U.K. invites students to broaden horizons

BANGALORE, SEPT. 2. The number of Indian students seeking higher education abroad has steadily increased over the years. It has grown rapidly in the recent years, partly as a spinoff of the IT visibility India has achieved globally. The increased IT-driven global exposure has perhaps brought global education closer to the Indian student, and India is now considered a major source of talent, and not just because of the IIT graduates.

While most Indian students still look to the U.S. as the best destination, quality education is now on offer in the U.K. and Australia, besides New Zealand.

Mr. John Nance, British First Secretary and Head, Arts and Education Promotion, British Council, India, who was in Bangalore on August 30 and 31, spoke to The Hindu about the "genuine partnership" the council was trying to promote between India and the U.K..

Links between institutions, which were traditionally in the form of MoUs, Mr. Nance said, had now progressed to faculty exchange and student exchange. In the foreseeable future, they would involve offshore franchisee campuses offering reputed courses here at an affordable cost.

There was an "explosion" of interest in India for, what he called, "further education". With time being a critical factor, distance learning, short online courses and similar options would become increasingly attractive to those wanting to enhance their CVs. There would, however, be problems of validation which would have to be tackled as the Indian perception was that distance courses, for example, were second class.

The British Council was involved in educational projects that created links at the school level too. One of the programmes was motivated by the fact that there was a sizeable Indian community in Britain that sent its children to British schools in Britain. Groups of British teachers would come to India and visit identified schools to understand the practices followed to teach Indian students in India. The first group of teachers was expected in October.


Mr. Nance pointed out that many new courses were being introduced, and accreditation would play a significant role in rating courses. Accreditation of universities, which was still voluntary in India, was mandatory in England and was given by the Quality Assurance Agency (QAA).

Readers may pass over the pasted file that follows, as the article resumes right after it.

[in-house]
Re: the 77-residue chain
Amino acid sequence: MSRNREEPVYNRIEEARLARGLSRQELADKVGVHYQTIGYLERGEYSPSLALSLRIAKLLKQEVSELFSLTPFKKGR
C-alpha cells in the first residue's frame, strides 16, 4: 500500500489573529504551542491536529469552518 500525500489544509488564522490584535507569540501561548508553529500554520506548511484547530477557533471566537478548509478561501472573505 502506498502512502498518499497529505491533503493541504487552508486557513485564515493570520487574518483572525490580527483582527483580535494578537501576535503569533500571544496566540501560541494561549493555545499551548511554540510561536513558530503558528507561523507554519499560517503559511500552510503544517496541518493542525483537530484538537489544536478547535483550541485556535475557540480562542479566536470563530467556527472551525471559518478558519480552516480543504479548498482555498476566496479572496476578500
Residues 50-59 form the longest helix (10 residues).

The fears about accreditation here were also encountered in UK, Mr. Nance said. While initially it was considered to be a draconian move, ultimately, even those opposed to it were convinced that it would help make varsities more competitive. For the system of accreditation to be effective, the assessors needed to be chosen wisely. "They must not only know what they have seen, but also what they have not," he added.

The QAA has been working with the UGC National Assessment and Accreditation Council, Bangalore (NAAC), on various aspects related to accreditation, which include putting together a handbook for accreditation, and appointing NAAC members as observers at the QAA. The NAAC would be hosting an international conference on quality assurance, in Bangalore in March 2001. The head of the QAA is expected to participate in the conference.

The National Board of Accreditation and the All India Council for Technical Education are working with the Institution of Civil Engineers, U.K. as part of an initiative to bring about the "Washington Accord". After the accord comes into force, Indian courses recognised by the AICTE will be given international recognition.

International education

Mr. Nance said the focus would increasingly turn on internationalising the courses offered in India. Apart from the necessity of having cross-border recognition for one's qualifications, for example at the executive level, the value of multicultural exposure as part of one's education would itself be seen as a serious motivation. This would especially be true for the youngsters, he added.

An exchange at the school and at the undergraduate level between India and U.K., for example, would be beneficial for specific reasons. One of them was the difference in the attitude towards learning in the U.K. and India, Mr. Nance said.

In the U.K., there was a thrust on all-round education which, he said, was good if it worked. Often, however, the student in the U.K. was not motivated enough to excel in the dull but essential aspects of education.

This problem, on the other hand, was tackled by the Indian parents who pushed their wards into achieving high grades. The tremendous competition made the Indian student aware early in life, of the effort that was expected of him if he were to have a successful career. The British student could do with a little of that kind of focus, and the Indian student could do with a little broadening of horizons, Mr. Nance said.

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